We rely more on anecdotal evidence for this but it’s definitely a trend. While B2C organizations continue to highlight the importance of consumer-based mobile we see that the hype cycle has begun to level out. Mobile is important. No one argues that. Omnichannel is important. No one argues that either. However, more companies now realize that their best strategy isn’t just to make their site mobile or to get a cool app out there. The best strategy is to give customers a great experience. Here’s a few reasons why we believe this to be a trend:
- No one expects mobile web sites to be hard. Software vendors and clients just set about doing it
- Very few companies are doing “Omnichannel” strategy. They are doing customer experience or digital strategy
- Most companies we work with are pulling back from the over-abundance of mobile applications in favor of fewer, more carefully thought-out mobile solutions.
- Support for mobile sites
- Preview content for phone, tablet, web etc. They even let you create new preview options
- Author content from a mobile device
- Approve and publish content from a mobile device
I was speaking to a top tier web content vendor last earlier this week. One person asked if they needed to prioritize mobile as part of a demo and her response was telling, “That functionality is just there. We do it as a matter of course. We don’t need any additional preparation. Companies don’t prioritize it as part of the demo. They just expect it.”
On the other hand, companies fully expect every site they release to be not just mobile friendly but fully supported. In 2016, we didn’t see a single company create a customer facing web site that wasn’t fully mobile optimized. Keep in mind that fully optimized doesn’t mean that you display all your content and functionality. It means you give a great mobile experience for what’s important. Companies get that now and hold conversations on optimizing the experience and prioritizing the work.
Down with Omnichannel
Don’t get me wrong. Creating a great and similar experience across many customer touch points remains important. But companies no longer call it Omnichannel strategy because just the term limits them. Instead they focus on customer experience, digital transformation, or even digital strategy to get there. These options expand the focus and allow them to address challenges beyond the front end.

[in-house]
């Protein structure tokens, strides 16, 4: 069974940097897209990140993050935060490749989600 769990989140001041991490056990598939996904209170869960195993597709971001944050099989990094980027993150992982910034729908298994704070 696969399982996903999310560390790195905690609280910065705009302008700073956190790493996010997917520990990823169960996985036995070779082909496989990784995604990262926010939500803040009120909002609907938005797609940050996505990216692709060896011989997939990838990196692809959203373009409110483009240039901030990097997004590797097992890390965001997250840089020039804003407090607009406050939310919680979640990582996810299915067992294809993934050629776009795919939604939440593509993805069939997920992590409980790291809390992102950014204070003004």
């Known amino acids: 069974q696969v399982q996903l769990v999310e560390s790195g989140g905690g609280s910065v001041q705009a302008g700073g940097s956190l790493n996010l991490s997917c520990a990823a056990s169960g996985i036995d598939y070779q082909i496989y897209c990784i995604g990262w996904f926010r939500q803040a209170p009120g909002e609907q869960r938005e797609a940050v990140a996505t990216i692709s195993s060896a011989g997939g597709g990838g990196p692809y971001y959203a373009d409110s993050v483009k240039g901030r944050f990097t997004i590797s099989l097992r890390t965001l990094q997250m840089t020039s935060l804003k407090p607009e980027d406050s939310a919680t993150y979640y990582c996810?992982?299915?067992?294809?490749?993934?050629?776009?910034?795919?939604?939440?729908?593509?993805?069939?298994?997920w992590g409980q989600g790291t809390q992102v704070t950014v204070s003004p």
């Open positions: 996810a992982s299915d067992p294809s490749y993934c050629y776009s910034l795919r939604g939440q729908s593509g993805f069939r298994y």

Some companies continue to say omnichannel, however, they quickly move to customer experience. A colleague of mine, recently completed an omnichannel strategy whose focus changed in the first week. That retail company quickly focused on customer experience and what activities brought the most return on their investment. Those activities included online to store ordering, enhanced mobile web capabilities, updates to ecommerce systems, etc. (See my budget post for more info on that trend)
Yes, new cool apps are released all the time. Andrew Chen highlights this with a stunning graph on average usage for 95% of the apps in the Android store. But what we’re seeing now is the frustration that comes along with releasing an app without taking the time to create a strategy, research your users’ needs, and build something that adds value.
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This won’t be a surprise to you and it’s no longer a surprise to many companies. They rushed to build an app without really understanding its impact, and now it’s time to reassess. Let me give you a few anecdotal examples as well.
- A large pharmaceutical company has well over 100 applications across many drug brands. 2017 efforts will re-focus on creating a smaller set of key value-driven mobile apps. This will improve customer engagement and ROI
- A very well known hospital only has plans for one mobile app they call the flagship app. They don’t plan on releasing one app for your in hospital experience, another to look at your medical records, and yet another for pure marketing purposes. Instead, they are folding all of that into one app to improve the experience for their patients at any time in their lifecycle.
While mobile is important and you must address it. Address mobile in the context of the larger customer experience. Let that be one driver for digital transformation and for investments in both front and back end capabilities.
For additional perspective on the trends we’re seeing in enterprise mobile, check out our post on the Perficient Digital blog, How Enterprise Mobile Goes Beyond Customer Experience.